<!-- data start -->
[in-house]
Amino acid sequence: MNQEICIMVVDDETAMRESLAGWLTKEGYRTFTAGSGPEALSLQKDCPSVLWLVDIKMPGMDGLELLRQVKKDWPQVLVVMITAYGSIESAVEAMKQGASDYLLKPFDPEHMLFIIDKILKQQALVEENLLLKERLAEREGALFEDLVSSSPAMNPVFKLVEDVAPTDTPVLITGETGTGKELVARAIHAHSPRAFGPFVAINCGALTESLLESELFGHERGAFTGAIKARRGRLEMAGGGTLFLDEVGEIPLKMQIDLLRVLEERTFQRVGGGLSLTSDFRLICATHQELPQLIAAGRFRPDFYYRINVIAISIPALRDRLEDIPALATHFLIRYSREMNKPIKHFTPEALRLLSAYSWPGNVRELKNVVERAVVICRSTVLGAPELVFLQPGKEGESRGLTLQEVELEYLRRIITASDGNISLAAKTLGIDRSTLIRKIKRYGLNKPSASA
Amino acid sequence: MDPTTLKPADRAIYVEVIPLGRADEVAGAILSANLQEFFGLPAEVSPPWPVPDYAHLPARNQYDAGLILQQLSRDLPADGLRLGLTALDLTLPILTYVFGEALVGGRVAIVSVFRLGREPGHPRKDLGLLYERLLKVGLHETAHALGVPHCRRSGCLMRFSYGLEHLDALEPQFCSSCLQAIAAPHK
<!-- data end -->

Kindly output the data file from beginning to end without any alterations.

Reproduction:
[in-house]
Amino acid sequence: MNQEICIMVVDDETAMRESLAGWLTKEGYRTFTAGSGPEALSLQKDCPSVLWLVDIKMPGMDGLELLRQVKKDWPQVLVVMITAYGSIESAVEAMKQGASDYLLKPFDPEHMLFIIDKILKQQALVEENLLLKERLAEREGALFEDLVSSSPAMNPVFKLVEDVAPTDTPVLITGETGTGKELVARAIHAHSPRAFGPFVAINCGALTESLLESELFGHERGAFTGAIKARRGRLEMAGGGTLFLDEVGEIPLKMQIDLLRVLEERTFQRVGGGLSLTSDFRLICATHQELPQLIAAGRFRPDFYYRINVIAISIPALRDRLEDIPALATHFLIRYSREMNKPIKHFTPEALRLLSAYSWPGNVRELKNVVERAVVICRSTVLGAPELVFLQPGKEGESRGLTLQEVELEYLRRIITASDGNISLAAKTLGIDRSTLIRKIKRYGLNKPSASA
Amino acid sequence: MDPTTLKPADRAIYVEVIPLGRADEVAGAILSANLQEFFGLPAEVSPPWPVPDYAHLPARNQYDAGLILQQLSRDLPADGLRLGLTALDLTLPILTYVFGEALVGGRVAIVSVFRLGREPGHPRKDLGLLYERLLKVGLHETAHALGVPHCRRSGCLMRFSYGLEHLDALEPQFCSSCLQAIAAPHK